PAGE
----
“President-elect Trump’s choice of Andrew Puzder to run the Department of Labor raises questions and concerns about whether he will vigorously defend the interests of American workers,” Dan Stein, president of the Federation for American Immigration Reform, said in a statement.
“Puzder has served as an executive of a fast food conglomerate,” he added, “an industry that has thrived on low-wage labor, illegal workers, and which has lobbied for greater access to foreign guest workers to maximize corporate profits.”
Mark Krikorian, executive director of the Center for Immigration Studies, was even rougher on Puzder.
“Bad news,” Krikorian told The Hill in an email Thursday. He sent The Hill a link to an article Puzder wrote in The Wall Street Journal last June.
In the section of the article most troubling to Krikorian, Puzder praises the contribution of immigrant workers. He writes: “The American Enterprise Institute found in 2011 that ‘temporary foreign workers — both skilled and less skilled — boost U.S. employment’ and that immigrants with advanced degrees working in science, technology, engineering and mathematics (STEM) fields ‘boost employment for U.S. citizens.’”
“Considering that managing the importation of guest workers is part of the Labor Department’s responsibility, Puzder’s views on other immigration issues are irrelevant, ” Krikorian said.
“He’s full-on Gang of Eight when it comes to the piece of immigration policy he’ll be responsible for,” added Krikorian, referring to Congress’s failed attempt to pass comprehensive immigration reform.
Trump’s top allies argue that the donors picked for the president-elect’s Cabinet are, for the most part, in lock step with his agenda.
A senior source in Trump’s close orbit told The Hill that it would be wrong to see the Cabinet selections as a move toward the agenda of the donor class. The people Trump has chosen, the source said, are not the kind of free-market purists who have long held power in the Republican Party.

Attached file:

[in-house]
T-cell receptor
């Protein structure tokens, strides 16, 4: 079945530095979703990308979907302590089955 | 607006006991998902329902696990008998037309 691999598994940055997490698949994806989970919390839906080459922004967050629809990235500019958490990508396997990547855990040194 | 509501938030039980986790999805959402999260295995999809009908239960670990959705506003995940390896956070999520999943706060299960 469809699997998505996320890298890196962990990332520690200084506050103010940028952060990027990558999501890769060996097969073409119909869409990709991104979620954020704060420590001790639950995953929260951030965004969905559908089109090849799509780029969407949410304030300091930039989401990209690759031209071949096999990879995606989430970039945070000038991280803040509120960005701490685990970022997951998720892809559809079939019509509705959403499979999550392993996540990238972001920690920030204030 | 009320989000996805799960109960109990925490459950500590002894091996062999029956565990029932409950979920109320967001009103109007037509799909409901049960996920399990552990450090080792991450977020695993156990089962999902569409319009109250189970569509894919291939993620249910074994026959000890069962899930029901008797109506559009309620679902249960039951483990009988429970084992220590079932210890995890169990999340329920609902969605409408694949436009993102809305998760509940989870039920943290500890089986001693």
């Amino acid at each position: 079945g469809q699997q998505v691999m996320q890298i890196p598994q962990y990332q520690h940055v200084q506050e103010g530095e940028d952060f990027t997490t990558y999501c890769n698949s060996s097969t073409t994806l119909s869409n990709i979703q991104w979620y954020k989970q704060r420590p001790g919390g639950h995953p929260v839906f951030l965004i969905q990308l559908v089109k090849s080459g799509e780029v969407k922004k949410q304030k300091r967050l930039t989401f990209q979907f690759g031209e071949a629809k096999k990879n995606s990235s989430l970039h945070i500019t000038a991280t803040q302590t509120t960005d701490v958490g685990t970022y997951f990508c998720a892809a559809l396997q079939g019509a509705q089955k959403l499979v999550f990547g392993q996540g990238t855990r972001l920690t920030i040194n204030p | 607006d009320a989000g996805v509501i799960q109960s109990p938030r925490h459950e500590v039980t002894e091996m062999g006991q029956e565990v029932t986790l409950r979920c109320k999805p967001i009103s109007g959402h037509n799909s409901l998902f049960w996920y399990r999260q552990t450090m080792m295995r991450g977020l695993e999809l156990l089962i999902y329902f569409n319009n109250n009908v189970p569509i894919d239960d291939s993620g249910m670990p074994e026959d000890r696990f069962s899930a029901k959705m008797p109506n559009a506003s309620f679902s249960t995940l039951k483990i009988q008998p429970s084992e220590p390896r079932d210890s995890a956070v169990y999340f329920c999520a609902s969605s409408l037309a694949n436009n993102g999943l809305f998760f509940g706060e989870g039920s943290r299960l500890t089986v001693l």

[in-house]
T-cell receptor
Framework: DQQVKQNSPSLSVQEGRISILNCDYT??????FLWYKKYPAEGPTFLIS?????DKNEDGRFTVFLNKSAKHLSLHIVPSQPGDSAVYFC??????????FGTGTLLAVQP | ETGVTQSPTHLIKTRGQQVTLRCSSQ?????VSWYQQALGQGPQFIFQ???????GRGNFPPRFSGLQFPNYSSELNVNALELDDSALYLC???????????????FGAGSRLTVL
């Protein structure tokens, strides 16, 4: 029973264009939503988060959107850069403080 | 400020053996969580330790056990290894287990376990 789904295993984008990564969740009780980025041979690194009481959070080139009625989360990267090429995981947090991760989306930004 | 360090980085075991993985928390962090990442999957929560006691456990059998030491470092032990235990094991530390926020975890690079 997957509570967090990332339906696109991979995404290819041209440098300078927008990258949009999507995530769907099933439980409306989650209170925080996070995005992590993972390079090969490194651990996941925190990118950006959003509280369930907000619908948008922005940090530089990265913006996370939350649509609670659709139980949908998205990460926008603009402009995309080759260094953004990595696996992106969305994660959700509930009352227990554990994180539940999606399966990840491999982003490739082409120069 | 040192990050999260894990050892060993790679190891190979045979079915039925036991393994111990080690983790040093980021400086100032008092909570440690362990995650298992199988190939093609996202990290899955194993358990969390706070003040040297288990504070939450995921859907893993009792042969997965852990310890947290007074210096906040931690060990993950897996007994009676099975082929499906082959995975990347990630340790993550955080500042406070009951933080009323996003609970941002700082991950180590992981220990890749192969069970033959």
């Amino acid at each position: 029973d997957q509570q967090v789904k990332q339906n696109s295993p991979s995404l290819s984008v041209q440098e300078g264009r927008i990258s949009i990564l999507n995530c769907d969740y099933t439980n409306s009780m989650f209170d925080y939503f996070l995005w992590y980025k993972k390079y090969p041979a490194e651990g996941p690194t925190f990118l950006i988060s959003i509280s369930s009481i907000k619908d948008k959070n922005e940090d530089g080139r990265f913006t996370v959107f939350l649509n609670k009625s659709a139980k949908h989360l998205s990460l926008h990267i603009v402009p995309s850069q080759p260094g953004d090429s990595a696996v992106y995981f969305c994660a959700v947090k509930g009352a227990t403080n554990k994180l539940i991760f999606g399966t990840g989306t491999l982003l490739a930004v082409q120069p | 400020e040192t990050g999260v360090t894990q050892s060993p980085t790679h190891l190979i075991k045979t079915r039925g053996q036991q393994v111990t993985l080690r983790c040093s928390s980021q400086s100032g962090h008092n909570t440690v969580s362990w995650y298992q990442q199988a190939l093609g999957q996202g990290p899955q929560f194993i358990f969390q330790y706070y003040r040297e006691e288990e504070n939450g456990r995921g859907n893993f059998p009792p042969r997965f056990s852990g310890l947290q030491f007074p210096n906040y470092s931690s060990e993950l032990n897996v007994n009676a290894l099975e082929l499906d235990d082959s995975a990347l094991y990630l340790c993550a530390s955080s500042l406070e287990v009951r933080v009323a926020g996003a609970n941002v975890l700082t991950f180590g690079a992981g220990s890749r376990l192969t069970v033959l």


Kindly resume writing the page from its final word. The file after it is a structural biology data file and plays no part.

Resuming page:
The source singled out Wilbur Ross as a case in point.
Ross is a billionaire who made his fortune by investing in distressed businesses. The New York Times’s DealBook depicted Ross as a complicated character, a risk-taker who could be viewed either as a “vulture” picking off the carcasses of American companies or as a “phoenix” raising them from ashes.
But Ross is not seen as coming from the free-trade school dominant in conservative Washington politics.
For one thing, he’s a former Democrat. For another, he is down in writing agreeing with Trump’s nationalist prescriptions for protecting American jobs.
In the senior Trump source’s telling, Ross is “one of these anti-offshoring billionaires.”
Ross co-authored the Trump campaign’s economic white paper, which proposed “eliminating America’s chronic trade deficit.”
“And if we have to use tariffs, so be it,” the source added. “We’re not bringing in outsourcing CEOs. We’re bringing in guys who challenged conventional wisdom.”
Trump will likely respond to criticisms about these donors the same way he’s dealt with criticism throughout his campaign: He’ll shrug it off.
And he wrote the playbook for doing so.
In a triumphal rally in Cincinnati last week, Trump hit back at those criticizing his decision to nominate a billionaire donor to run his Commerce Department.
“The guy knows how to make money, folks,” Trump said.